Wednesday, 3rd February 2010
Pretty much by definition, all simulations have values which change over time. One value that often changes is the position of an object, in which case the object is moving. In this tutorial, we will:
- Give our particles speed and direction (a velocity vector)
- Use basic trigonometry to convert vectors into movement
- Make the particles move randomly
Our simulation is a discrete time simulation, which means that we split time into individual steps. At each step we update the simulation a bit then display the new situation. We keep updating the simulation until the user exits. We do this by adding code into the infinite
while loop that we've already created. The first thing we do therefore is move the following block of code from before the
while loop to inside it. This will have no effect on how the program runs but allows us to add additional function calls later.
for particle in my_particles: particle.display() pygame.display.flip()
The simplest way to represent movement is to create two attributes: dx and dy. Then during each pass through the loop, add dx to x and dy to y. So, for example, if a particle has dx=2 and dy=1, it will follow a shallow diagonal, from left to right and top to bottom. This s the method I used for a long time - it is simple and fine for many situations. However, when we come to work out interactions between two particles, things become a lot more complex.
My preferred method now is to create attributes to represent speed and direction (i.e. velocity). This requires a bit more work to start with but makes life a lot easier later one. This method is also good for creating objects that have a constant speed, but varying direction. I actually first started using this method when trying to create an ant simulation. The ants have a creepily realistic movement when given a constant speed and randomly changing their a direction every few seconds.
So let's give our particle object a speed and a direction.
self.speed = 0.01 self.angle = 0
The math module
Since we’re going to use some trigonometry, we need to import Python’s math module. Like the random module, this is part of main Python program so there's no need to download anything extra.
We now have access to various mathematical functions, such as sine and cosine, which we'll use shortly.
We now need to add a
move() function to our particle object. This function will change the x, y coordinates of the particle based on its speed and the angle of its movement. The diagram below illustrates how we calculate the change in x and y. I find it simplest to consider an an angle of 0 to be pointing upwards, despite the fact that y-axis actually pointing downwards in computer graphics.
To calculate the change in x and y, we use some secondary school-level trigonometry as shown in the code below. Remember to minus the y to take into account the downward pointing y-axis. Although it doesn't make much difference at the moment you will have to be consistent with your signs later.
def move(self): self.x += math.sin(self.angle) * self.speed self.y -= math.cos(self.angle) * self.speed
Another point to bear in mind is that the angles are all in radians. If you’re used to working with degrees then this might be a little confusing; just remember that 1 radians = 180°/π. Therefore if you want to make the particle move forwards (left to right) along the screen, then its angle should be π/2 (90°). In Python we do this like so:
self.angle = math.pi/2
Now we can we call the particles'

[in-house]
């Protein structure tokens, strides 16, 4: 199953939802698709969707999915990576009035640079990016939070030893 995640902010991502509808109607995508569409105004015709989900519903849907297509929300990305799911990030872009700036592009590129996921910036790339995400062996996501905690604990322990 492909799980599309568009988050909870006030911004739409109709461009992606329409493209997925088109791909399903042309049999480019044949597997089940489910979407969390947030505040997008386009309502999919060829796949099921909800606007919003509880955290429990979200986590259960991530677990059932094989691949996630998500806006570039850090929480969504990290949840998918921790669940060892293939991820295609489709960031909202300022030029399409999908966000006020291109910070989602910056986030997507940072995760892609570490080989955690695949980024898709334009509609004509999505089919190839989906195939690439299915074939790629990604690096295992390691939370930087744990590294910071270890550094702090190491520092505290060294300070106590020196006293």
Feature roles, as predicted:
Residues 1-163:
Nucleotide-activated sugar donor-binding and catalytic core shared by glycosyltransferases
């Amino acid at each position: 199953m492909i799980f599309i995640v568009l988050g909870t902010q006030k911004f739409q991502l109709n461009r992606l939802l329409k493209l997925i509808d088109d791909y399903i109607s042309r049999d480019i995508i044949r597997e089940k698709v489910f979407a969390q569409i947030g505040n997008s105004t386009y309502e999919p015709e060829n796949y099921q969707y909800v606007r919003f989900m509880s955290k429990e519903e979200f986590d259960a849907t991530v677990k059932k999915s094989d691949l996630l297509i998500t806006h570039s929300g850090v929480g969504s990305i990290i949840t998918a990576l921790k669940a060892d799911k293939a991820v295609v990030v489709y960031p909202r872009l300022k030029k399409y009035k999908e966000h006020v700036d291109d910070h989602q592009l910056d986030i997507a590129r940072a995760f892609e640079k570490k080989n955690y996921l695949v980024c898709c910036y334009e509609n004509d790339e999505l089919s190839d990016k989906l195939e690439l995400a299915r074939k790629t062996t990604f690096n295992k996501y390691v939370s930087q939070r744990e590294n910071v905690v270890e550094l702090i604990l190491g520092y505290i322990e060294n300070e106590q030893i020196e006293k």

move() function during the loop immediately before calling their
for particle in my_particles: particle.move() particle.display()
If we run this program now, we’ll see the circles moving right, leaving a smear across the screen:
The reason the particles smear is that once Pygame has drawn something on the window it will stay there unless drawn over. The easiest way to clear the circles from the previous time step is to fill the whole screen with the background colour. We can do this by simply moving the
screen.fill(background_colour) command into the loop. The effect of movement is therefore achieved by drawing a particle, then clearing it and drawing a short distance away.
You might have also got a deprecation warning telling you "integer argument expected, got float" followed by the
pygame.draw.circle() function. The reason, as you may have guessed, is that this pygame can only draw circles at integer x, y coordinates and after we move the circles, their coordinates become floating point numbers. Although the Python deals with the problem perfectly well, we should convert the x, y coordinates to integers first:
pygame.draw.circle(screen, self.colour, (int(self.x), int(self.y)), self.size, self.thickness)
If you run this program now, you’ll see all the circles moving rightward at the same speed, so it will look like they are all draw on a single moving surface. We can making things more interesting by giving each particle a random speed and direction. We could do this by defining the speed and angle attributes as random in the Particle class, but I prefer to set these values (the default behaviour) to 0. We can update them once the individual objects have been created, by altering our particle-creating loop:
for n in range(number_of_particles): size = random.randint(10, 20) x = random.randint(size, width-size) y = random.randint(size, height-size) particle = Particle((x, y), size) particle.speed = random.random() particle.angle = random.uniform(0, math.pi*2) my_particles.append(particle)
Notice that we use the
random.random() function to generate a speed between 0 and 1, and the
random.uniform() function to create a random angle between 0 and 2*pi, which covers all angles. If you run the program now, the circles will fly off the screen at random angles and speeds. In the next tutorial I tell you how to keep the particle within the bounds of the window.